Intersections of Interior Design, Well-being, and the Home Environment

Presented by: Angelita Scott, Denise A. Guerin

The purpose of this phenomenological qualitative study was to understand how the physical home environment affects psychological well-being for stay-at-home mothers. Interior designers are charged with the responsibilities of ensuring occupant health, safety, and well-being. To fulfill this charge, it is important for interior designers to understand the connection between people, the built environment, and the role their profession plays in improving quality of life. This connection is mediated by psychological and physiological responses. The concept of well-being is difficult to quantify (Becker et al., 2010; Kopec, 2012), but there are factors such as stress and satisfaction that are predictors of well-being (Deiner, 2009; Dilani, 2001; --- & Martin, 2010; Ulrich, 1991). As stay-at-home-mothers spend a significant amount of time in their homes, it is important to address their well-being as caring for infants and children can physically and mentally take a toll on a mother’s life. Studies have shown a link between a mother’s mental health and developmental delays in children (Manuel, Martinson, Bledsoe-Mansori, & Bellamy, 2012). Due to the influence the physical environment has on people’s emotional health, well-being implications support the need to identify any physical environment factors in the home that can reduce stress, increase control, or improve quality of life in any way. The design of space may indirectly and directly impact individual well-being on a micro level and, therefore, public health on a macro level (Frumkin, 2005; Jackson, 2003). This inquiry explored what well-being means in the home, what physical characteristics or features in the home environment increased and/or decreased stay-at-home mothers’ well-being. Face-to-face interviews, observation, and photo elicitation were used to collect data. The sample consisted of 14 stay-at-home mothers who had one or more children from birth to five years of age and lived in a metropolitan area. Kreitzer’s (2012) well-being model was used as a conceptual framework informing questions and directing analysis. Findings revealed that quantity of space, access to nature, personalization, and privacy/retreat were important for well-being in the mothers’ homes; clutter and lack of cleanliness detracted from their well-being. Suggestions for creating well-being in the home were generated from the findings in the study. These suggestions support well-being by reducing stress levels for mothers and their families in the home environment. In addition, outcomes of this study will aid interior designers in home design that supports well-being, health practitioners in understanding potential stressors in the physical home environment, and may potentially affect housing policy to impact planning and building practices of homes for those who reside in affordable housing with minimal resources to increase their quality of life.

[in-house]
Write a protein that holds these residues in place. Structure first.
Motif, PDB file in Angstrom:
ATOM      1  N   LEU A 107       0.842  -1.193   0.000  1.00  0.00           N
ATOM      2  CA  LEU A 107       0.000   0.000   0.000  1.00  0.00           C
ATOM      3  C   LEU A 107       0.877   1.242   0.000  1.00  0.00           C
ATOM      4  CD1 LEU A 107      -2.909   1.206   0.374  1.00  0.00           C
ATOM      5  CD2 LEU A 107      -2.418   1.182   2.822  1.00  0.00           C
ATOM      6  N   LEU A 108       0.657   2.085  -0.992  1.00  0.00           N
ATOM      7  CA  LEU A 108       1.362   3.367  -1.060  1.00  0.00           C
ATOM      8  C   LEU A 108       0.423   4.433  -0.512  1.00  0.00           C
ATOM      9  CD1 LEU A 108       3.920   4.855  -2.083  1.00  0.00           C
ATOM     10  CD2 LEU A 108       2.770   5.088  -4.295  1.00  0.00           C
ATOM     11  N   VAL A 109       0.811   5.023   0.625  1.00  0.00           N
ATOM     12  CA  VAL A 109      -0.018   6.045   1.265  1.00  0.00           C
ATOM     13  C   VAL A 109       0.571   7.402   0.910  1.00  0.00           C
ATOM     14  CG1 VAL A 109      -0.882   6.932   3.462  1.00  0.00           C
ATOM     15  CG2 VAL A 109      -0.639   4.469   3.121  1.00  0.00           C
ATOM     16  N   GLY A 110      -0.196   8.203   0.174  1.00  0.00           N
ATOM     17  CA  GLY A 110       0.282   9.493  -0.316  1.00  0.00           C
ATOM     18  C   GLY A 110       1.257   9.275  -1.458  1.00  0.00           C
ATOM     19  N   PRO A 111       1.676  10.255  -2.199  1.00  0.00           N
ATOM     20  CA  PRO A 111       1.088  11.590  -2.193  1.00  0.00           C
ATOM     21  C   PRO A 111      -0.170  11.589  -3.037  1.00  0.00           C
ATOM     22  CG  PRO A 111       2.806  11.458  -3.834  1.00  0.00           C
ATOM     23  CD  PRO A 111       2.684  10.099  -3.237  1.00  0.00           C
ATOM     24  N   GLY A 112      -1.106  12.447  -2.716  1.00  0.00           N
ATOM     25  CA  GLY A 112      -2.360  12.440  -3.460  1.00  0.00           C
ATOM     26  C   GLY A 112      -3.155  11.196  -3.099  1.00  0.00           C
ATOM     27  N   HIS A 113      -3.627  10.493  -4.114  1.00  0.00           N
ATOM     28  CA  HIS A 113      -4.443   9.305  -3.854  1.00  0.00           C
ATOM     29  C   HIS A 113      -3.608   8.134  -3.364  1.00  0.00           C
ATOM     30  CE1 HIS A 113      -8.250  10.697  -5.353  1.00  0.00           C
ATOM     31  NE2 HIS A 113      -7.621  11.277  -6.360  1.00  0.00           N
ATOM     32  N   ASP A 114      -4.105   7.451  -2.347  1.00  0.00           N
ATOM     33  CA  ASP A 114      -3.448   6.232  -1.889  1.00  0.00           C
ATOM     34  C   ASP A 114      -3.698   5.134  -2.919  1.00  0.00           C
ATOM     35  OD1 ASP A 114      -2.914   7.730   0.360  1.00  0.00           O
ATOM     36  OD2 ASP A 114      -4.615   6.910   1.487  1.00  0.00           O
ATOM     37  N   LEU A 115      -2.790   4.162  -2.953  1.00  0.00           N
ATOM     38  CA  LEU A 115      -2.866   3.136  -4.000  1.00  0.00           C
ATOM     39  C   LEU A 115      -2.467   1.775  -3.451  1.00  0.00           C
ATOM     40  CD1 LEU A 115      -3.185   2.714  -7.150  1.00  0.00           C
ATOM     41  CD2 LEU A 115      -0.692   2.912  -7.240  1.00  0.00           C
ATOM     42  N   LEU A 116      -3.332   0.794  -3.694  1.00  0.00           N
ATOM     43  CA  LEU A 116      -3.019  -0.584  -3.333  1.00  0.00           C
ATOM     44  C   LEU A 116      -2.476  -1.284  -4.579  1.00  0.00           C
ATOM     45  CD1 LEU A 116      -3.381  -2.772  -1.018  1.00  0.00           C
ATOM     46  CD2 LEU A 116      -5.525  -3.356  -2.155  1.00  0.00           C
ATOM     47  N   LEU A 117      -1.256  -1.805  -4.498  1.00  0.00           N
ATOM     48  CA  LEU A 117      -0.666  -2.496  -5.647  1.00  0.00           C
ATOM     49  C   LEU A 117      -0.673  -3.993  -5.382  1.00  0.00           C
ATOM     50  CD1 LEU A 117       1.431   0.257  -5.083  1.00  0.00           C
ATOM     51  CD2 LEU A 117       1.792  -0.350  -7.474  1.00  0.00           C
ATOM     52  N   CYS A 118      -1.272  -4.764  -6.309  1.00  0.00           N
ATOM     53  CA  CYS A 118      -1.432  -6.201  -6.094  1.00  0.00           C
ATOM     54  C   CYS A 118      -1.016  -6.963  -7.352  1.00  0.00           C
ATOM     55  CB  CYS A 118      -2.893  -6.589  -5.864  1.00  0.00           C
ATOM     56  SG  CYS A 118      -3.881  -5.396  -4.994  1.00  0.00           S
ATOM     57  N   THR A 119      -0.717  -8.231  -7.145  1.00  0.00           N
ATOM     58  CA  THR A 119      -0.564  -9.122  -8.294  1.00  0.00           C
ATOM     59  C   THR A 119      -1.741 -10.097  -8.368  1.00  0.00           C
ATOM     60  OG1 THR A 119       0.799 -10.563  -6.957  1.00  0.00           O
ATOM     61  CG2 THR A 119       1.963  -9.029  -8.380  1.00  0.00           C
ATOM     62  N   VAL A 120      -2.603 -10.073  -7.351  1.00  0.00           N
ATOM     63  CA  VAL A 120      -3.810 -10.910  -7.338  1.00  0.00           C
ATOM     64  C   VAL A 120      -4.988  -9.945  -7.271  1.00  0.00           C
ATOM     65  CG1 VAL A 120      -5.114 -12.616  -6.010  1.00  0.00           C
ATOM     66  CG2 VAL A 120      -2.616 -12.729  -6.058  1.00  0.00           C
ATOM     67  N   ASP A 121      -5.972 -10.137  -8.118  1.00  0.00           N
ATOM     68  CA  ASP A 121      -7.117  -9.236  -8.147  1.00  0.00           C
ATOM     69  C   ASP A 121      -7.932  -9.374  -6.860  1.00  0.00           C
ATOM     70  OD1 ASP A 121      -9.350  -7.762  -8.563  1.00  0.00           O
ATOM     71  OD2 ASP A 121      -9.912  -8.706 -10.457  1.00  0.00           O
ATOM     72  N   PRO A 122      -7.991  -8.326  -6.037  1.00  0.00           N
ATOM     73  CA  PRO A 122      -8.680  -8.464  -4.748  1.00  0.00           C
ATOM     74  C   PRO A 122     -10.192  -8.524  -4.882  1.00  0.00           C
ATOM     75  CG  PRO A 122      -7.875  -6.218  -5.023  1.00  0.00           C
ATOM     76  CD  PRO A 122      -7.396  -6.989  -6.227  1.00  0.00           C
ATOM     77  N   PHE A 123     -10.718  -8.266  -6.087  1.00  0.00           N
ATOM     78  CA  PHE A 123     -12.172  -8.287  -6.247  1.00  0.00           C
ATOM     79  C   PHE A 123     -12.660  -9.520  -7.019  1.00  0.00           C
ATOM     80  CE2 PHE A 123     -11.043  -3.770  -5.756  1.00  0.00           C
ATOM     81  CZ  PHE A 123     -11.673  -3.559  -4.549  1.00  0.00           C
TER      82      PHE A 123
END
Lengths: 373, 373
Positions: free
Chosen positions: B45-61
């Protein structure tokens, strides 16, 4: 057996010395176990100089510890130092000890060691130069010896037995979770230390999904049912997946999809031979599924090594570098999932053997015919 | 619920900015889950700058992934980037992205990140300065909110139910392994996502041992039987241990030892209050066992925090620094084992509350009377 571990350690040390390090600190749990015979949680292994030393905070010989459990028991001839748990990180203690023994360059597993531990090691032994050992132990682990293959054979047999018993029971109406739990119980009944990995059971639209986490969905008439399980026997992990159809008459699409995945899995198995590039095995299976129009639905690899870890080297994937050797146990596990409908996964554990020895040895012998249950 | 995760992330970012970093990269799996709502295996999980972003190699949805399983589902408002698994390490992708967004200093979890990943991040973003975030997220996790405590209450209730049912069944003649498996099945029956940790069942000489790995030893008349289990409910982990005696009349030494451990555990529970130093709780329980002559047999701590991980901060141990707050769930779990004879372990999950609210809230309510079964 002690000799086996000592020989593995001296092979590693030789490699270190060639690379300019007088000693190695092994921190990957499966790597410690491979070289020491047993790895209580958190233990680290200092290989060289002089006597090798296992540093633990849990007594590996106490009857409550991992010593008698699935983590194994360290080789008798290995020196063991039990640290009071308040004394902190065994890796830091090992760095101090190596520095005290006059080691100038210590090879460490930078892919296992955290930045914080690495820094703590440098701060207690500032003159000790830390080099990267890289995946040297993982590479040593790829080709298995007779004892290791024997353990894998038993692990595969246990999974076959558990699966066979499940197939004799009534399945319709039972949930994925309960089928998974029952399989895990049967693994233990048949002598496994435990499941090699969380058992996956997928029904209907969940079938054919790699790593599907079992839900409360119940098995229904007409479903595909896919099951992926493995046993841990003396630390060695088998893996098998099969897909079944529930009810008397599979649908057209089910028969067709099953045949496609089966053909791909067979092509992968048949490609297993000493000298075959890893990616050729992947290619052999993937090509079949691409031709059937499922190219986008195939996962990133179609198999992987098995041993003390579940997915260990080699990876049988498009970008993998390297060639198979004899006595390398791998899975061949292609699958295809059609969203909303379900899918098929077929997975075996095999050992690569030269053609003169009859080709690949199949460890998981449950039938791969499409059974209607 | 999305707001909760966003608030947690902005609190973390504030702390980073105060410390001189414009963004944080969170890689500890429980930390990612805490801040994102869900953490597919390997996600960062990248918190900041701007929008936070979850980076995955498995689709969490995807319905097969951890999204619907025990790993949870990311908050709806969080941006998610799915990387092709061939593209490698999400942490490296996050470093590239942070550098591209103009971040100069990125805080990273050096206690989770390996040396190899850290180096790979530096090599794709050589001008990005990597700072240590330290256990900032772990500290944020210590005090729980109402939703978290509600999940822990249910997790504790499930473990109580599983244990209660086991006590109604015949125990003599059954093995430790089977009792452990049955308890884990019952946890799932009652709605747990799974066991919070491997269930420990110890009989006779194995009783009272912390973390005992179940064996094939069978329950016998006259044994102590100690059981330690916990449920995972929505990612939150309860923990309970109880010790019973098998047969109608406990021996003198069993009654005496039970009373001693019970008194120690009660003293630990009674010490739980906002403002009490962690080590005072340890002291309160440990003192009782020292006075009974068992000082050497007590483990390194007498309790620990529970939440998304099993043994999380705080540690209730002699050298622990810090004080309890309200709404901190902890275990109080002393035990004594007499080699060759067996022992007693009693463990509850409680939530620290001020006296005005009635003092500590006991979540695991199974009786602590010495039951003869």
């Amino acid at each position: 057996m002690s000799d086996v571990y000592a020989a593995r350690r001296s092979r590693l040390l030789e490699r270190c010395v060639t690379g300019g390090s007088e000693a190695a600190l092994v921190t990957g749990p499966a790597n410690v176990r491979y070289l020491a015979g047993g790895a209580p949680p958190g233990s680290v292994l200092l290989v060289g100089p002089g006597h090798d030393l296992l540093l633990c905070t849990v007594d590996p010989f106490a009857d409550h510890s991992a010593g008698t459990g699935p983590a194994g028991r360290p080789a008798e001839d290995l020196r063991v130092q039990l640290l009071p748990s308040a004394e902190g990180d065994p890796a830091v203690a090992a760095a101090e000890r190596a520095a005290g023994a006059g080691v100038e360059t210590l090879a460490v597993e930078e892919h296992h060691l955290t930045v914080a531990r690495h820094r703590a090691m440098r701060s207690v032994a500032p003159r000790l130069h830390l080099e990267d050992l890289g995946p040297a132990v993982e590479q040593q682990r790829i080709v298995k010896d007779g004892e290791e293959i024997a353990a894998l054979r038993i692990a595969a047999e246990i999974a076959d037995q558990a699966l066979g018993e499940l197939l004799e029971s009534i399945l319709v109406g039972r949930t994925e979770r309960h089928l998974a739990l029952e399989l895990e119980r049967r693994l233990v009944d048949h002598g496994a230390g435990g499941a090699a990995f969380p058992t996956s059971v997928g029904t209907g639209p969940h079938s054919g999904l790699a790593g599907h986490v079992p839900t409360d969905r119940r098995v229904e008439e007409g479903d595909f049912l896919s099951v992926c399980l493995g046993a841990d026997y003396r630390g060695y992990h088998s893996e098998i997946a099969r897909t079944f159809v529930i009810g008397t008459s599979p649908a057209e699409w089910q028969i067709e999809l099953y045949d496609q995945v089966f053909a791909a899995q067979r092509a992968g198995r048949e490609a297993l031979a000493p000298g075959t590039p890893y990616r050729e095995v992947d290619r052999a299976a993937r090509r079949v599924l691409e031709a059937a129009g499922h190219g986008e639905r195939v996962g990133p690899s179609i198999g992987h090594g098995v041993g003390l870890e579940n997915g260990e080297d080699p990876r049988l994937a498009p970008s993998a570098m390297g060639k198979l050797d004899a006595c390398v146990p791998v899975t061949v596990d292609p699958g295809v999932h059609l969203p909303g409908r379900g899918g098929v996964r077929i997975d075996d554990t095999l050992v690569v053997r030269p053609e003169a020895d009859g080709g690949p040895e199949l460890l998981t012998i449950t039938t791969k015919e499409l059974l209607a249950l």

References:

  • Becker, C., Moore, J., Whetstone, L., Glascoff, M., Chaney, E., Felts, M., Anderson, L. (2009). Validity evidence for the salutogenic wellness promotion scale (SWPS). American Journal of Health Behavior, 33(4), 455–465.
  • Kopec, D. (2012). Environmental Psychology for Design. Fairchild Books. New York
  • Manuel, J., Martinson, M., Bledsoe-Mansori, S., Bellamy, J. (2012). The influence of stress and social support on depressive symptoms in mothers with young children. Social Science & Medicine, 75(11), 2013-2020.
  • Frumkin, H. (2001). Beyond toxicity: Human health and the natural environment. American Journal of Preventive Medicine, 20(3), 234.
  • Kreitzer, M. (2012). Spirituality and wellbeing: Focusing on what matters. Western Journal of Nursing Research, 34(6), 707-111.
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